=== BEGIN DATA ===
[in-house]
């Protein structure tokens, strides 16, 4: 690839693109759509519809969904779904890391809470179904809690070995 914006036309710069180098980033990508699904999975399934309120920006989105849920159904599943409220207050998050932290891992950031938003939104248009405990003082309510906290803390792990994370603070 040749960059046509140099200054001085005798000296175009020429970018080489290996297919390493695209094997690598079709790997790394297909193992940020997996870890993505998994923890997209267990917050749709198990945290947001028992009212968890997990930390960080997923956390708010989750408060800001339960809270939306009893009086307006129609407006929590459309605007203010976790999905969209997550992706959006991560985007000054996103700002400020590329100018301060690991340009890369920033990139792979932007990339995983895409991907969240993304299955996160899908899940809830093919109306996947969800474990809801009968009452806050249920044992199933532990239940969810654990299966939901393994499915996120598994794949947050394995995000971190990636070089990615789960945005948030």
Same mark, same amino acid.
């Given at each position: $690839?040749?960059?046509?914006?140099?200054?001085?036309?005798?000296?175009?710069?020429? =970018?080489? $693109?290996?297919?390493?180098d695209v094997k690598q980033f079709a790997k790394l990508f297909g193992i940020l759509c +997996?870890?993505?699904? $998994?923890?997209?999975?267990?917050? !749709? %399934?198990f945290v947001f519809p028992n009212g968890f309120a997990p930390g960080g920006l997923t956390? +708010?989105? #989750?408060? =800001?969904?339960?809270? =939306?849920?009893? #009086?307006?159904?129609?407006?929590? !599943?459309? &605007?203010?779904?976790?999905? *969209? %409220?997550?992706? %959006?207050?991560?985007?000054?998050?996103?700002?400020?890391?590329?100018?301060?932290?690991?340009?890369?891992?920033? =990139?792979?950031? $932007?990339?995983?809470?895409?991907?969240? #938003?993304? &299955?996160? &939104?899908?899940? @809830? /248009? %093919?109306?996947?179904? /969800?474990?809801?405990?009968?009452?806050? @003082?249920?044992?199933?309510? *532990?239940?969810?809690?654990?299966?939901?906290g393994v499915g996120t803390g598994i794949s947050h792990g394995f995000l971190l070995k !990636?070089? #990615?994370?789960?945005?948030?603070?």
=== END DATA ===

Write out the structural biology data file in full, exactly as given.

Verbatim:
[in-house]
């Protein structure tokens, strides 16, 4: 690839693109759509519809969904779904890391809470179904809690070995 914006036309710069180098980033990508699904999975399934309120920006989105849920159904599943409220207050998050932290891992950031938003939104248009405990003082309510906290803390792990994370603070 040749960059046509140099200054001085005798000296175009020429970018080489290996297919390493695209094997690598079709790997790394297909193992940020997996870890993505998994923890997209267990917050749709198990945290947001028992009212968890997990930390960080997923956390708010989750408060800001339960809270939306009893009086307006129609407006929590459309605007203010976790999905969209997550992706959006991560985007000054996103700002400020590329100018301060690991340009890369920033990139792979932007990339995983895409991907969240993304299955996160899908899940809830093919109306996947969800474990809801009968009452806050249920044992199933532990239940969810654990299966939901393994499915996120598994794949947050394995995000971190990636070089990615789960945005948030």
Same mark, same amino acid.
């Given at each position: $690839?040749?960059?046509?914006?140099?200054?001085?036309?005798?000296?175009?710069?020429? =970018?080489? $693109?290996?297919?390493?180098d695209v094997k690598q980033f079709a790997k790394l990508f297909g193992i940020l759509c +997996?870890?993505?699904? $998994?923890?997209?999975?267990?917050? !749709? %399934?198990f945290v947001f519809p028992n009212g968890f309120a997990p930390g960080g920006l997923t956390? +708010?989105? #989750?408060? =800001?969904?339960?809270? =939306?849920?009893? #009086?307006?159904?129609?407006?929590? !599943?459309? &605007?203010?779904?976790?999905? *969209? %409220?997550?992706? %959006?207050?991560?985007?000054?998050?996103?700002?400020?890391?590329?100018?301060?932290?690991?340009?890369?891992?920033? =990139?792979?950031? $932007?990339?995983?809470?895409?991907?969240? #938003?993304? &299955?996160? &939104?899908?899940? @809830? /248009? %093919?109306?996947?179904? /969800?474990?809801?405990?009968?009452?806050? @003082?249920?044992?199933?309510? *532990?239940?969810?809690?654990?299966?939901?906290g393994v499915g996120t803390g598994i794949s947050h792990g394995f995000l971190l070995k !990636?070089? #990615?994370?789960?945005?948030?603070?």